In the BALCO Barry Bonds case, Bonds is shown to have allegedly tested positive three times. Where is such proof in tennis?

And let me ask, who in your mind is clean in tennis?


Sean Randall Says:

And Milo, you talk of muscles but do the cyclists have these muscles you speak of?


Mary Says:

I posted about some of the history of Puerto upthread. Please read it, because the case was not thrown out because nobody doped.

To clear up the matter, all anyone has to do is go to the Spanish Court and get them to sign off on you not being involved. A group of bikers did it.

The only ones who have access to the list is the Spanish Courts and they will not release the names or the evidence to any drug agency for testing. Those “in charge” have never released the other 150 names on the list.
Just because you are not being investigated, it does not mean you are not on the list.

Again, I don’t care if you share my opinion about who dopes, but at least do some reading on Puerto.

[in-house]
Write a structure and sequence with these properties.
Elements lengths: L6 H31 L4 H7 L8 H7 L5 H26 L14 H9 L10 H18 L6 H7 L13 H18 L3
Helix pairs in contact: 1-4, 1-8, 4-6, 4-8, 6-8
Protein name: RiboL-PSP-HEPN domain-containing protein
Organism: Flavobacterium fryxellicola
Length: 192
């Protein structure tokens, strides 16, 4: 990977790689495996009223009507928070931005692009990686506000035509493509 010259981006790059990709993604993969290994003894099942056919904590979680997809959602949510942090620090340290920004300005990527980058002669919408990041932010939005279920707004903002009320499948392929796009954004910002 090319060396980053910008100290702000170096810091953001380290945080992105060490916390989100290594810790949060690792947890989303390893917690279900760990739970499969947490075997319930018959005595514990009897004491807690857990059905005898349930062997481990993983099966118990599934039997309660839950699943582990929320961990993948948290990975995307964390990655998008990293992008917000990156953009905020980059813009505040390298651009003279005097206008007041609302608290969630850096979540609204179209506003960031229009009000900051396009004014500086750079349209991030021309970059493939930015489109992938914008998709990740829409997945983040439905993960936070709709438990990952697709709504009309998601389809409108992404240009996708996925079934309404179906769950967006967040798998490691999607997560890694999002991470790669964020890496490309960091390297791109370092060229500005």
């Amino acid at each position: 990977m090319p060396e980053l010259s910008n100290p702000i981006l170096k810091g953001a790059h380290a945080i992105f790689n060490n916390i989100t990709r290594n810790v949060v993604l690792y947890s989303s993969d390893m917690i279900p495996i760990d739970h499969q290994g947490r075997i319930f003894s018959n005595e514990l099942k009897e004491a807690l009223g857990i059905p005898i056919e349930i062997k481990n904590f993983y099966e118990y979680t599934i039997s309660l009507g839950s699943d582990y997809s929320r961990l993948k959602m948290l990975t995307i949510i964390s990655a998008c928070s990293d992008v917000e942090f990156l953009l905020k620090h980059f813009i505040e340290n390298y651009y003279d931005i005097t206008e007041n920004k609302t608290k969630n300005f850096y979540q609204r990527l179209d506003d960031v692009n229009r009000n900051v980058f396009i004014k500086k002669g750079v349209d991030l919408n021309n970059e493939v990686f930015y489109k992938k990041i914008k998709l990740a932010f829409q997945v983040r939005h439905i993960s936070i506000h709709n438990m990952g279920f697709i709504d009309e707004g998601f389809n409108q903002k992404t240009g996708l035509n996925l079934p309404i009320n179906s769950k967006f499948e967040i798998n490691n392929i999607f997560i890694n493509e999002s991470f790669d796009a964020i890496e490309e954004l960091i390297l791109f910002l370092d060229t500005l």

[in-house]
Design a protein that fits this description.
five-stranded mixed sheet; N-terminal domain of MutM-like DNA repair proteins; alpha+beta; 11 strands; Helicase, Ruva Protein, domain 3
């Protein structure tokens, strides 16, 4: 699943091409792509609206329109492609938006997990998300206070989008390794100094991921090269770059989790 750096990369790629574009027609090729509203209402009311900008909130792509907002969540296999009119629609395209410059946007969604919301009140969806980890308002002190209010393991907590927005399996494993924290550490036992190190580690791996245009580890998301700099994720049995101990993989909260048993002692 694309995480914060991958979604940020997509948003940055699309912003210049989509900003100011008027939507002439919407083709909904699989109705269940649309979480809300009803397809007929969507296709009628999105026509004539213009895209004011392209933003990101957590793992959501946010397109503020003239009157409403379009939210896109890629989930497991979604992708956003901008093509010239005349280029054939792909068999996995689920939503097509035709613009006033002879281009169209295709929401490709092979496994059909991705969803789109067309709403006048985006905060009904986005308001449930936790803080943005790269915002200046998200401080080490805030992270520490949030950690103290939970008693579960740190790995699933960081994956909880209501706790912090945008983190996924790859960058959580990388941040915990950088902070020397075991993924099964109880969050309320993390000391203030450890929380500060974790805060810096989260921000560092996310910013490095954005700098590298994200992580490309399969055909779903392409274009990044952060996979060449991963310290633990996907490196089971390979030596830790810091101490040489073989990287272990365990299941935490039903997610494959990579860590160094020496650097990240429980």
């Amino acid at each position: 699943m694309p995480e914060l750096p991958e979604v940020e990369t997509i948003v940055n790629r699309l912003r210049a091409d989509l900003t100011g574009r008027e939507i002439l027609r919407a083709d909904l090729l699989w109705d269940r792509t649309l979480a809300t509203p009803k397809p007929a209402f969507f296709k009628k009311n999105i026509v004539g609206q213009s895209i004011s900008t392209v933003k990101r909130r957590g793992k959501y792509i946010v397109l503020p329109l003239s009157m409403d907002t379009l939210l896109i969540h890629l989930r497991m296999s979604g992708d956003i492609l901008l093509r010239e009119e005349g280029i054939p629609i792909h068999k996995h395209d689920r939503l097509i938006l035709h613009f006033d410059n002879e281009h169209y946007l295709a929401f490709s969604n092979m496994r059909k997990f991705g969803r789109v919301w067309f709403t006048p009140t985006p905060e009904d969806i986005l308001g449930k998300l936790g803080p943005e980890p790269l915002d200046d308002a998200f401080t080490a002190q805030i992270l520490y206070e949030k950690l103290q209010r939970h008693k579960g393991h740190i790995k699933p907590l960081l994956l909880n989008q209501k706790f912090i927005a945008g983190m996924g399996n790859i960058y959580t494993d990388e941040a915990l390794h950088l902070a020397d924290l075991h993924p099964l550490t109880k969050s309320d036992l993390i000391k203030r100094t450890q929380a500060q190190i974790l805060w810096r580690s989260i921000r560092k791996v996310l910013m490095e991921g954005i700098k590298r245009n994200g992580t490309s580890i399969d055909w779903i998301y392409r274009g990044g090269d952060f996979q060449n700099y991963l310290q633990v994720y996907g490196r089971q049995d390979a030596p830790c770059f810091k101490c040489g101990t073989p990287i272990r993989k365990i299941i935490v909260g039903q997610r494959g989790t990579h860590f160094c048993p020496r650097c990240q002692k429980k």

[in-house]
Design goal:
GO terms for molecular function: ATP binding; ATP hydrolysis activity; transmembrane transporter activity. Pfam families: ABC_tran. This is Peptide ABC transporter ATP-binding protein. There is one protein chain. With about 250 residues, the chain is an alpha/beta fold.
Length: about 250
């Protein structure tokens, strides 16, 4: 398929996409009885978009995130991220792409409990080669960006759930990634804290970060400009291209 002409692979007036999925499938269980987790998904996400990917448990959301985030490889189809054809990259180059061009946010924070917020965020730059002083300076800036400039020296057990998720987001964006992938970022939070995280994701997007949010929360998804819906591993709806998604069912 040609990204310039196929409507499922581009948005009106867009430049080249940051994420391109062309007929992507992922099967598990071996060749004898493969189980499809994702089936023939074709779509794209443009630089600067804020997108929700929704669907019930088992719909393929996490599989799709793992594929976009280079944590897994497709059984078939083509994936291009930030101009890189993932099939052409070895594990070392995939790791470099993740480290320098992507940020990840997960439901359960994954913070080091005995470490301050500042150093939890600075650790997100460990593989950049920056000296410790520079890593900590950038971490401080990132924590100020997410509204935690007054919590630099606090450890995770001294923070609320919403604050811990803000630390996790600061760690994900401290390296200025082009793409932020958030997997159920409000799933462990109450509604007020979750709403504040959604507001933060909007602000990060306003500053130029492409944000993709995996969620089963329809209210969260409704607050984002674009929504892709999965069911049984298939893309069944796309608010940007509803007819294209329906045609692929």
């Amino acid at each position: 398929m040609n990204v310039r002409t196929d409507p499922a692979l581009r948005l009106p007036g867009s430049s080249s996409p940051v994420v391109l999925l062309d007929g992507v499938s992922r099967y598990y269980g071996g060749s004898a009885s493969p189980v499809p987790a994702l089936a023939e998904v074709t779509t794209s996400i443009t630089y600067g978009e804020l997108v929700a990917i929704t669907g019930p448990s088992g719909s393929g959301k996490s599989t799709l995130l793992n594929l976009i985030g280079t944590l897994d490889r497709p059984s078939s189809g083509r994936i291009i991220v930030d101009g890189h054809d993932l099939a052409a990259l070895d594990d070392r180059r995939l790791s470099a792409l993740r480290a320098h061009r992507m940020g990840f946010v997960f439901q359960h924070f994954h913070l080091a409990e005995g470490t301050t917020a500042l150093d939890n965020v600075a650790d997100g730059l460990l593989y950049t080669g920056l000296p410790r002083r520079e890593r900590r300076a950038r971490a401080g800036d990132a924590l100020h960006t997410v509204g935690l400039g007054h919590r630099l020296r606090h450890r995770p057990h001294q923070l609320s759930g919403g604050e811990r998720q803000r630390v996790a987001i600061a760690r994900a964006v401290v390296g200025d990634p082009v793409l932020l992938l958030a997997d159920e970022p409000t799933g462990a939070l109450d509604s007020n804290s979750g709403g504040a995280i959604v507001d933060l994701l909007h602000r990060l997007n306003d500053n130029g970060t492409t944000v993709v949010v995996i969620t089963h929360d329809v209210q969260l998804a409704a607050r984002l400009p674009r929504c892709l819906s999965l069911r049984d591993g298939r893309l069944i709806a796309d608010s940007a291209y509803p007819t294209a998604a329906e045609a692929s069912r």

Milo Says:

If you had an educated eye, watching closely the sports that did not reign in doping, you could hardly miss the obvious.


Sean Randall Says:

Mary, I read that last week when we discussed this matter. Have you learned of the drug testing process yet? I recall you not knowing the OOC procedures.

And Mary, have you found a link between peds and knee tendinitis? You seemed sure of that one.

Milo, can you be more specific? Also, still wondering who you would label as clean in tennis.


Milo Says:

Road cyclists want leg muscles and red blood cells…and that’s what they dope for.

The Texas Rangers weight coach said of Alex Rodriguez — “the performance does not match the effort I see him put in the gym.” You could say the same about Rafa. His endurance and strength does not match with someone claiming he does not use weights much.

I’ve seen Rafa/Fed/Novak up close since they first came on tour. Only one has developed in a way that sends red flags screaming up the pole. Rafa is a classic EPO (or his own blood reinjected), mild steroid user. If you want to be the last man on Earth claiming Barry Bonds, Lance Armstrong and Ben Johnson are innocent…go ahead.